Improving Singapore – Consumer Pricing Policies

When living in any country for a period of time you will find some things that start to annoy you. This is especially so if what you experience in your current country of residence has already been “fixed” in another country that you have lived in. Soon you find yourself wishing that the government would change its policies or introduce new ones to improve your own life and hopefully that of other residents.

After eight years in Singapore I have a few things on my list of possible improvements that I’d like to share on my blog. Hopefully a local politician will read this and think my ideas make for great policy! Well, maybe not, but since I can’t vote, it’s the best way to voice my opinion that I can think of.

I’ll create separate blog entries for each idea, enabling comments to remain focused on an individual subject, rather than involving a few suggestions in one post.

The first problem is around pricing of goods and services related to hotels and F&B (food and beverage) outlets in Singapore. When you first arrive in Singapore you will hear the term “plus, plus” in reference to prices in these establishments. One “plus” refers to the 7% GST and the other to the 10% service charge. This means that you can find what looks like a great deal at a restaurant, but then realise you have to add 17% of “plus, plus” charges to the bill before making a comparison.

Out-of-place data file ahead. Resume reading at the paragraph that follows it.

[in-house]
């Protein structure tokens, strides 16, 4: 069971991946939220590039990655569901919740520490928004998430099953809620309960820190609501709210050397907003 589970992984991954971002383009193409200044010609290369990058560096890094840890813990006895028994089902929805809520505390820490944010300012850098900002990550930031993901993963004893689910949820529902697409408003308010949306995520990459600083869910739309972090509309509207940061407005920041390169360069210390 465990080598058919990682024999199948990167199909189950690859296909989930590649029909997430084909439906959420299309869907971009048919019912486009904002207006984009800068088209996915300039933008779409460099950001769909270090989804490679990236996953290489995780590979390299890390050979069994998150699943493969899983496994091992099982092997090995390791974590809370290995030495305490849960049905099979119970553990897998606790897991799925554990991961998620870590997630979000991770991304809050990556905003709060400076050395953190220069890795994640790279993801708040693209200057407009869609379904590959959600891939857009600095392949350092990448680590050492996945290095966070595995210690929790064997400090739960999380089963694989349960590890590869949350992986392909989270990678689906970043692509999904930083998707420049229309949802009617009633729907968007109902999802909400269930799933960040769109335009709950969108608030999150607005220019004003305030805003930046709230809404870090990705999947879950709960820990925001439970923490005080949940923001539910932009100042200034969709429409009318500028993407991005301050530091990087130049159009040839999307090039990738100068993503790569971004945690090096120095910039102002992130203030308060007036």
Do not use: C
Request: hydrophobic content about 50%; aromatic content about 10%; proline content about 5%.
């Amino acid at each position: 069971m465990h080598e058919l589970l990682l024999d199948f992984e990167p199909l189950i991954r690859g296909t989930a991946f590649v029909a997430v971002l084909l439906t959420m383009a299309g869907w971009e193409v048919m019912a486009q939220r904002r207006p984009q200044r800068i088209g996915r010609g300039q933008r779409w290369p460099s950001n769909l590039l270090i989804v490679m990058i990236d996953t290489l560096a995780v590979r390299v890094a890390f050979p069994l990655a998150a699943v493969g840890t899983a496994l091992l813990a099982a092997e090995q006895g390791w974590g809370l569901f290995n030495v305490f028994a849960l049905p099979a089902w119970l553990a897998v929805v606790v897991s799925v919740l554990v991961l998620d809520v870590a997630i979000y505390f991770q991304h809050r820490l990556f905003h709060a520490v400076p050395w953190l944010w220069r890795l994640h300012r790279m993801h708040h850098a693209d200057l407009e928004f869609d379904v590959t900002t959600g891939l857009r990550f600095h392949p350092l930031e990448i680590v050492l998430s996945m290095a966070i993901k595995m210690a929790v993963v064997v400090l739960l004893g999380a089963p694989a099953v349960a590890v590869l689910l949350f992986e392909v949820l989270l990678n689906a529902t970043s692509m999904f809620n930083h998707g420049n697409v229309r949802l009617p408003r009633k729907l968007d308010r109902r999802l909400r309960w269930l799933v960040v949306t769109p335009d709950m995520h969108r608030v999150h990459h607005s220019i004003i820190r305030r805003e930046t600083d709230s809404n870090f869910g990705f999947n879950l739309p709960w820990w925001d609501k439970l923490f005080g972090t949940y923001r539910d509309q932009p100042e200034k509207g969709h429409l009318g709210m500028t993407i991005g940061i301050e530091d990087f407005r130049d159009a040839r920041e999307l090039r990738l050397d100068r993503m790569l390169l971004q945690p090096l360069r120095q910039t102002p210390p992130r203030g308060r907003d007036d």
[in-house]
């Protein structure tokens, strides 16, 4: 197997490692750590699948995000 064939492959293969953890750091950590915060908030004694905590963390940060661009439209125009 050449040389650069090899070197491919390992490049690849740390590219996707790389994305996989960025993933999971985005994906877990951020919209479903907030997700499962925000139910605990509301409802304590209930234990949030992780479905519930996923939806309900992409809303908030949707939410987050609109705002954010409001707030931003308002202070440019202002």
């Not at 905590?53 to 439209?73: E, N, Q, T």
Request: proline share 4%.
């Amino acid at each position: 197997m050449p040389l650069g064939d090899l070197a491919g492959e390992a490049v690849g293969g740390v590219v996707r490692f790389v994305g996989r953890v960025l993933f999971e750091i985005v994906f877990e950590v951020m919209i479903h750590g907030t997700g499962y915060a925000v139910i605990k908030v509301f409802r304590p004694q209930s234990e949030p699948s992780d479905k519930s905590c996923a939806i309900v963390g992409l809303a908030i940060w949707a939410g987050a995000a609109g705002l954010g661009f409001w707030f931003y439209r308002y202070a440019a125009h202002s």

The interesting this is that all other GST businesses that charge GST have to show GST inclusive prices, but because hotels and F&B outlets include the service charge they are exempt because of “operational difficulties.”

Singapore recently forced travel agents and airlines to include all taxes and other charges in the advertised price which makes life much easier for the consumer. Therefore, I fail to understand what the “operational difficulties” are for hotels and F&B outlets that force an exemption for displaying consumer friendly prices.

The second problem is about the use, or rather lack of, unit pricing in supermarkets. Consumers can save time and easily determine the true value of a product by comparing its unit price on the displayed shelf label, rather than calculating it on the fly. This is useful because competitive products in the same category are often of different weights/volumes, making price comparisons more difficult than they need to be. For example, if one brand of orange juice comes in a 2L carton and another in 1.89L then the unit price can be displayed as $x.xx per 100 ml.

Even the same product can have different sizes that seem purposely created to make price comparisons a mental challenge. I’ve seen a couple of situations where specials have made it cheaper to buy two of the small volume product rather than one larger volume product! So much for saving the environment with less packaging and waste.

Unit pricing has been introduced in Australia and clearly makes it far easier to spot a bargain when comparing the products on a shelf.

If Singapore would introduce these two pricing policy changes I think that it would help reduce my personal annoyance level and hopefully that of others living in Singapore too. Although my wife says “that’s useless for us Chinese, because we are all good at maths anyway.”



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